In Dunkin' Brands the Quebec Court of Appeal ruled on the scope and extent of a franchisor's contractual obligations based on both explicit contractual terms and implicit principles established by law. The decision forms part of an interesting convergence between the duty for parties to conduct themselves in good faith under Quebec civil law and the duty of good faith in contractual performance in common law provinces.

Dunkin' Brands: Quebec court finds franchisor has duty to support its brand
Lapointe Rosenstein Marchand Melançon LLP
  • Franchising
  • Canada
  • 11 August 2015

The Quebec Court of Appeal has issued its eagerly awaited decision in the long-running Dunkin' Brands case. Throughout this saga, the Quebec courts have made significant determinations with respect to the scope and extent of a franchisor's contractual obligations based on explicit contractual terms and implicit principles that are established by law.

Franchisors must be vigilant in monitoring contractual compliance
Lapointe Rosenstein Marchand Melançon LLP
  • Franchising
  • Canada
  • 12 May 2015

In a recent decision the Quebec Superior Court recognised that under Quebec civil law, there is a distinction between the concepts of best efforts and reasonable efforts pursuant to the terms of a contract. As a result, practitioners should proceed with caution when drafting franchising agreements to ensure that they properly reflect the parties' obligations and the efforts that a party is expected to use in fulfilling its contractual obligations.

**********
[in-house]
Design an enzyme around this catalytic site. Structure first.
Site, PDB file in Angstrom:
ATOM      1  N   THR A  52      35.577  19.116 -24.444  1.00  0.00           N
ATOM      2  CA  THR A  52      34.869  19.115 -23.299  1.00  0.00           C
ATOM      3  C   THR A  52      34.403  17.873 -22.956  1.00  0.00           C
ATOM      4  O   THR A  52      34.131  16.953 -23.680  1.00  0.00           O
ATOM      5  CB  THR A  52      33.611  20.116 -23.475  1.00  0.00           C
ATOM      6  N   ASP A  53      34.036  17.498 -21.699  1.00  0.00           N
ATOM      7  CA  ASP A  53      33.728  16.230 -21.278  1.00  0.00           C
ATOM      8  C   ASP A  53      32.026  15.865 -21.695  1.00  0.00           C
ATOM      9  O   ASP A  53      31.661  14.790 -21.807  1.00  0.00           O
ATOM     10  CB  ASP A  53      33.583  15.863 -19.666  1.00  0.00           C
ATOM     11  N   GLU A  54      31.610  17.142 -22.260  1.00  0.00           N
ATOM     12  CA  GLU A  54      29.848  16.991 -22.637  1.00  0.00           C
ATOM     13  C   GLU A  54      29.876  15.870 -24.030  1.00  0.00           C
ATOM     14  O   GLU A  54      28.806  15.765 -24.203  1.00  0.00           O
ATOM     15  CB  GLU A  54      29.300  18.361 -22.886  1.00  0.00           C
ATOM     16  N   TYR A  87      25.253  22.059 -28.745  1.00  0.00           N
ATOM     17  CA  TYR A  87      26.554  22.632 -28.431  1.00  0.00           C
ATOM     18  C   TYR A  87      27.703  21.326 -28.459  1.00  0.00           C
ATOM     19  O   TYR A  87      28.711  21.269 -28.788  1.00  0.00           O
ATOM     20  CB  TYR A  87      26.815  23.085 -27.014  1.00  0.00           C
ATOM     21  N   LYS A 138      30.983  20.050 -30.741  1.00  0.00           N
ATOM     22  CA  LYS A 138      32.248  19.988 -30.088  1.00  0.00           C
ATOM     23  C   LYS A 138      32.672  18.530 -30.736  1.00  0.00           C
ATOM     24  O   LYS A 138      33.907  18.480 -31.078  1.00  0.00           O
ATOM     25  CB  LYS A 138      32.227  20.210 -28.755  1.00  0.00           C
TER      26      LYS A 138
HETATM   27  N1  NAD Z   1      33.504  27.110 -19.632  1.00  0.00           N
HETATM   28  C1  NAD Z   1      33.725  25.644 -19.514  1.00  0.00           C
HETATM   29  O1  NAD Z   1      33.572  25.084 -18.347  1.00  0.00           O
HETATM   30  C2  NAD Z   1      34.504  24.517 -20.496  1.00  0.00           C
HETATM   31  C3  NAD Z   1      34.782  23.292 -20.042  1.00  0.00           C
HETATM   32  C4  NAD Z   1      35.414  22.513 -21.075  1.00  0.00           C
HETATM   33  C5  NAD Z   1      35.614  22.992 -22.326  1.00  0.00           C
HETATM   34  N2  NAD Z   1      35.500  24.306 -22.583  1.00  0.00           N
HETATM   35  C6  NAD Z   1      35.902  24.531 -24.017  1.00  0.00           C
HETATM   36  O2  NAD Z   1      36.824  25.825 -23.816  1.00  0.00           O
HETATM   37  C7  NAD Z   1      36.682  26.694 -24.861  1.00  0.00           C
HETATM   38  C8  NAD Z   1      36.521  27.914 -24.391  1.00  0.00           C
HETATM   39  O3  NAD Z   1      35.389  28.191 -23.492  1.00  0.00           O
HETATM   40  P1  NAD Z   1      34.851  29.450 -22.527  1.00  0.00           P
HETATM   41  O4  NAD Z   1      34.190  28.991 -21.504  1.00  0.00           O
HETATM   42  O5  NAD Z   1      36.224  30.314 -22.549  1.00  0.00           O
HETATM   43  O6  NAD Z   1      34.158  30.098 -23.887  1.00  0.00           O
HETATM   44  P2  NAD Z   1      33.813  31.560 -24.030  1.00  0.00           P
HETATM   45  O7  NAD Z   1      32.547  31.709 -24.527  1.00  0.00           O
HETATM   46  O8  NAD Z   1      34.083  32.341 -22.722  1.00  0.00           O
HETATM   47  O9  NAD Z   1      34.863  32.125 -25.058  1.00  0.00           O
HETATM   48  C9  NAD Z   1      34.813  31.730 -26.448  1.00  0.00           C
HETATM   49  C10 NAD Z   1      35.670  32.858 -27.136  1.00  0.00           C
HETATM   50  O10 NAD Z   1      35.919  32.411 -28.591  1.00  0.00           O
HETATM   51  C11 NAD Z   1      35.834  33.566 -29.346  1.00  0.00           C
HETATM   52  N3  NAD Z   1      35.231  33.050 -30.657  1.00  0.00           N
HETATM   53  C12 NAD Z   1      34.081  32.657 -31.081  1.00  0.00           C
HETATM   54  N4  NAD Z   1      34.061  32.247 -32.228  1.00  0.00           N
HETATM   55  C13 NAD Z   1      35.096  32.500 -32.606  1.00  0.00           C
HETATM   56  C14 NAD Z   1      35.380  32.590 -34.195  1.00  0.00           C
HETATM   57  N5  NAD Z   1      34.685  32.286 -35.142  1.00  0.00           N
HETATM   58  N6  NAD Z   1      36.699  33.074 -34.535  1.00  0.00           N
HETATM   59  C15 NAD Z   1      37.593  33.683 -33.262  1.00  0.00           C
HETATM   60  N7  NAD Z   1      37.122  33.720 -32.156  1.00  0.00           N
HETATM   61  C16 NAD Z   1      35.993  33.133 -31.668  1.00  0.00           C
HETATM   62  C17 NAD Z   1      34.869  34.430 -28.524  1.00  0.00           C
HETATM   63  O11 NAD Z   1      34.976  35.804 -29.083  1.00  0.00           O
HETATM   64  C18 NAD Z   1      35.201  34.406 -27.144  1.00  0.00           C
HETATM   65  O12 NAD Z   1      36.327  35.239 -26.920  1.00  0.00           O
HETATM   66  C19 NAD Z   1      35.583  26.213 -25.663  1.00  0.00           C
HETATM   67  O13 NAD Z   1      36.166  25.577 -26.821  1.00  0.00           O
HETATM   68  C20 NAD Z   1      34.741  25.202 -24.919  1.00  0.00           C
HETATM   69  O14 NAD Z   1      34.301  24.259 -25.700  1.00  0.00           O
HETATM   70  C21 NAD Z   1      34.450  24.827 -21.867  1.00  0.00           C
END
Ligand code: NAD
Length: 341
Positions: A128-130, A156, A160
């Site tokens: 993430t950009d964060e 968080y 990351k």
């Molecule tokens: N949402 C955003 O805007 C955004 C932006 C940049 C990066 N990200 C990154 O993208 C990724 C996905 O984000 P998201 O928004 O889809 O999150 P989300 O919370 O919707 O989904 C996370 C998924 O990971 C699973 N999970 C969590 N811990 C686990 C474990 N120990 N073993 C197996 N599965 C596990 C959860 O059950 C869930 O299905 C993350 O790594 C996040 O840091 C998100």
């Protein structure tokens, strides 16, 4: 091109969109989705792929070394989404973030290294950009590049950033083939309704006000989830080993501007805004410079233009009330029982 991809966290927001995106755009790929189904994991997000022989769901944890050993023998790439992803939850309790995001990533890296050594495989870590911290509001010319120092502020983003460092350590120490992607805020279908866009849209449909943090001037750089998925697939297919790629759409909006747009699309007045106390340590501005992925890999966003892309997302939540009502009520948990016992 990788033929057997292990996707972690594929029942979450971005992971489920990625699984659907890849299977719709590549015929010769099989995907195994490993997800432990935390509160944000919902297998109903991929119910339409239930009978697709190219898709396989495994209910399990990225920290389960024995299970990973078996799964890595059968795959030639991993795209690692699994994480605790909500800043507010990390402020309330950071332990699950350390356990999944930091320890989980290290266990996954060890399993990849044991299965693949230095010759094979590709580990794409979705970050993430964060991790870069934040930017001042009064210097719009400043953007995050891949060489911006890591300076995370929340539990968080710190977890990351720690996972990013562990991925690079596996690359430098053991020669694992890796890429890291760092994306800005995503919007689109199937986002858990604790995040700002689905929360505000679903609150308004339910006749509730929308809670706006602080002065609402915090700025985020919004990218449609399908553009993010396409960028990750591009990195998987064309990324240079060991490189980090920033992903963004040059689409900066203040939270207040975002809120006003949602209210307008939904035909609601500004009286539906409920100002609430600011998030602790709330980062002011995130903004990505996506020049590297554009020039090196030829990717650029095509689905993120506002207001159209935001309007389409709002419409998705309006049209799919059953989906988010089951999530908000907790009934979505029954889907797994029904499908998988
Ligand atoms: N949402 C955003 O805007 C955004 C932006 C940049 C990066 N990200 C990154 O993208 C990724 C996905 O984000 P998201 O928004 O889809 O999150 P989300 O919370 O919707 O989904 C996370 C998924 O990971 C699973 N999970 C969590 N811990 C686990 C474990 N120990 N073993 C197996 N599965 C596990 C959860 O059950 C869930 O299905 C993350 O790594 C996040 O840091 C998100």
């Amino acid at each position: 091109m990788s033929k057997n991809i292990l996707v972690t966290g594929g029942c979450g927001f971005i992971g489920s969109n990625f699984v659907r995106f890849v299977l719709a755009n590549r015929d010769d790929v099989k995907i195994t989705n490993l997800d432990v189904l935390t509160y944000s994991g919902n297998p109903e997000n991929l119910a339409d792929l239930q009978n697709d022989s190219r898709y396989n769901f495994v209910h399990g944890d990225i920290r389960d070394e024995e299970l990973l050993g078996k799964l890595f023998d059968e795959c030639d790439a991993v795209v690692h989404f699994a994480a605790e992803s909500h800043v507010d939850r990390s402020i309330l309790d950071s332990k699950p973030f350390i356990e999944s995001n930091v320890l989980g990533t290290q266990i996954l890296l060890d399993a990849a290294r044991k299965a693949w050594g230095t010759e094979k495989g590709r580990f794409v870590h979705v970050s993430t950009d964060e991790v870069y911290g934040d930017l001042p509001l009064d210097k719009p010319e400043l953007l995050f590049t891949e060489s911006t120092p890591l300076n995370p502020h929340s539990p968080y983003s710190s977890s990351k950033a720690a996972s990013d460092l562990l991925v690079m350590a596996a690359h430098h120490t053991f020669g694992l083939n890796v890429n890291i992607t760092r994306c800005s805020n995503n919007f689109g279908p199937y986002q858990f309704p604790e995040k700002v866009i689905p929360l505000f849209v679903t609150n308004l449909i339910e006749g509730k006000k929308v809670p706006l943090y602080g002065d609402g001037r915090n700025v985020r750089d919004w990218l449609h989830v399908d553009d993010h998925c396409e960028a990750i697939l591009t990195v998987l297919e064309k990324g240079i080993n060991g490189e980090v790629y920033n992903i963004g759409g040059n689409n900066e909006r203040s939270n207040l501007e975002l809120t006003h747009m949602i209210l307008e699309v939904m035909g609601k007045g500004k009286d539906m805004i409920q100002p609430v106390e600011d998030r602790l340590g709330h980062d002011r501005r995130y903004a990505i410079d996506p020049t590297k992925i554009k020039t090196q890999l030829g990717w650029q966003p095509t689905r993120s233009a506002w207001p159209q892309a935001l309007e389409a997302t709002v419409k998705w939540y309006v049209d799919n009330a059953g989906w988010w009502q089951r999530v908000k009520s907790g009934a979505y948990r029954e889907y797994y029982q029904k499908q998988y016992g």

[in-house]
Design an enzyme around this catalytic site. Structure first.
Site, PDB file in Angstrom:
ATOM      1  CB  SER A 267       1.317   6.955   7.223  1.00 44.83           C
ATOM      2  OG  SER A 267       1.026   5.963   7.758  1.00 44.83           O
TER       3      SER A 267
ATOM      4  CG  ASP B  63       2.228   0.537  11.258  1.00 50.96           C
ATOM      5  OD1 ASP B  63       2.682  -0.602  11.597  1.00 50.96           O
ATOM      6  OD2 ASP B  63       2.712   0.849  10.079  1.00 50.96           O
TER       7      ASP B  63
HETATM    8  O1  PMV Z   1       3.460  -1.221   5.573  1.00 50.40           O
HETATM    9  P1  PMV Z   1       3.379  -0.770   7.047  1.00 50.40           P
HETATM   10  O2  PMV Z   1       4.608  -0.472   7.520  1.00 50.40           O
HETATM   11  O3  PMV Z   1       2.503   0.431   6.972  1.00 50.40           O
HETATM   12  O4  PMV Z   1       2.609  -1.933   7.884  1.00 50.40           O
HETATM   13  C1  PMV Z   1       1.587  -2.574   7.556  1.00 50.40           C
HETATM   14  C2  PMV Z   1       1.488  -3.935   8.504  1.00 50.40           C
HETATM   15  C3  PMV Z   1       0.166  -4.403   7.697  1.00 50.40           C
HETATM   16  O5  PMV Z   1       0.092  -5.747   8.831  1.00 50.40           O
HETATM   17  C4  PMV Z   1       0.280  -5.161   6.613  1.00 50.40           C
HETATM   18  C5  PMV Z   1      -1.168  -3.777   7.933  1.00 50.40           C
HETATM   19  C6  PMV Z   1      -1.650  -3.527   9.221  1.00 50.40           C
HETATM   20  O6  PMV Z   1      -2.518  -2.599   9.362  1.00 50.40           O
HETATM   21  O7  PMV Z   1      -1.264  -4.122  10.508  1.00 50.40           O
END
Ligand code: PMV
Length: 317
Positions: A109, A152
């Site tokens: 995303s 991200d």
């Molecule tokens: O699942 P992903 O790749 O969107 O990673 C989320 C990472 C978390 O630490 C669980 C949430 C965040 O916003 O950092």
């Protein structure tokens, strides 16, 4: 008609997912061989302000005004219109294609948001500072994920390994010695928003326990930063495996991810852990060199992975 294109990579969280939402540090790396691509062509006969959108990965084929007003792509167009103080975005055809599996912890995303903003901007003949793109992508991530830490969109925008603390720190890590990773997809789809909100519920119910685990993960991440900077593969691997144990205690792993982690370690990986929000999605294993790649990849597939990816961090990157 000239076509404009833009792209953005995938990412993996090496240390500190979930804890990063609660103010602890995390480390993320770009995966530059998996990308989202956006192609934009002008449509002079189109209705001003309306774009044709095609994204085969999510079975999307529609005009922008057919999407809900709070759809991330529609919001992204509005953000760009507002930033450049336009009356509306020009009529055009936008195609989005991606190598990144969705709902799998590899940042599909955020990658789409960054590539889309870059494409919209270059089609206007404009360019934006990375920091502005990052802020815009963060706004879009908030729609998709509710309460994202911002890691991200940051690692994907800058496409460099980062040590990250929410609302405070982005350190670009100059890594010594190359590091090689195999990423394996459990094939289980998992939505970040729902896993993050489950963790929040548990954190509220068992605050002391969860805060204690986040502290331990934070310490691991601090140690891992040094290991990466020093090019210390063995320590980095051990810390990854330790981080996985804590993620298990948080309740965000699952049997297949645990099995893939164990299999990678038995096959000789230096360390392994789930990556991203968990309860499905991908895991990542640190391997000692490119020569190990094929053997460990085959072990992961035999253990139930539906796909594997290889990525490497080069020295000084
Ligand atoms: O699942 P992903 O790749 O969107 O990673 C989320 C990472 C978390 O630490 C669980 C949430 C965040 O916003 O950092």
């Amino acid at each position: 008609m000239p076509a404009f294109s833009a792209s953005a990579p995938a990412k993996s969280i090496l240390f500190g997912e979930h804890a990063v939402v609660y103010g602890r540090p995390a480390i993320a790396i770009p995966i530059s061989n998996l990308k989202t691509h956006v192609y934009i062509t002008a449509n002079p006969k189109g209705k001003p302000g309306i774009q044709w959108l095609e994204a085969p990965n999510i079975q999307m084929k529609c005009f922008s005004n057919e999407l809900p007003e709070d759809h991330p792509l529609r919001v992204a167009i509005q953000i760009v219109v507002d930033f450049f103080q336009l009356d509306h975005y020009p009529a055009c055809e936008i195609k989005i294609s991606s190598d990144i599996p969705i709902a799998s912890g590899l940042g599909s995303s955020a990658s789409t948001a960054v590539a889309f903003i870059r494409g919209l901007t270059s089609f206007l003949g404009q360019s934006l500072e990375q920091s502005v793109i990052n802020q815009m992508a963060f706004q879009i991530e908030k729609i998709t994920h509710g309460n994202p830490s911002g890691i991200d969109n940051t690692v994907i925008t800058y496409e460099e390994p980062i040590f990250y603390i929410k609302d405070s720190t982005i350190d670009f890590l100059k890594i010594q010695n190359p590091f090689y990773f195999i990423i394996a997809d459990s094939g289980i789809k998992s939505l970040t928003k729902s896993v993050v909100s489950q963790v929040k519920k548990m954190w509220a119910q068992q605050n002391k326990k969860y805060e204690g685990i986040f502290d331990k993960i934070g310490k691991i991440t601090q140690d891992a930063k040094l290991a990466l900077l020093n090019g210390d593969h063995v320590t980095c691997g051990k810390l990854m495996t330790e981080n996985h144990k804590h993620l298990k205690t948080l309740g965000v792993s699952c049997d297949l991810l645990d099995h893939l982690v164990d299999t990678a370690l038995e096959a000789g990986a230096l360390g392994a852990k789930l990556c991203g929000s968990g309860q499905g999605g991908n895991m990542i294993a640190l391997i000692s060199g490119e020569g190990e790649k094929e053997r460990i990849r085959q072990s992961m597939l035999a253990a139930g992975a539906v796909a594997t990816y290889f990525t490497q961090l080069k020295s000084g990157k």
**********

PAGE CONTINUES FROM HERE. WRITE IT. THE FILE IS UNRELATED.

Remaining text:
Franchise disclosure legislation does not apply to trademark licence
Lapointe Rosenstein Marchand Melançon LLP
  • Franchising
  • Canada
  • 17 February 2015

The Ontario Superior Court of Justice recently found that a trademark licence agreement was not subject to the Arthur Wishart Act, Ontario's franchise disclosure law. The judgment provides informative guidelines for businesses that wish to avoid falling within the requirements of franchise disclosure legislation when licensing trademarks in Ontario.

New application of franchise disclosure remedies?
Lapointe Rosenstein Marchand Melançon LLP
  • Franchising
  • Canada
  • 11 November 2014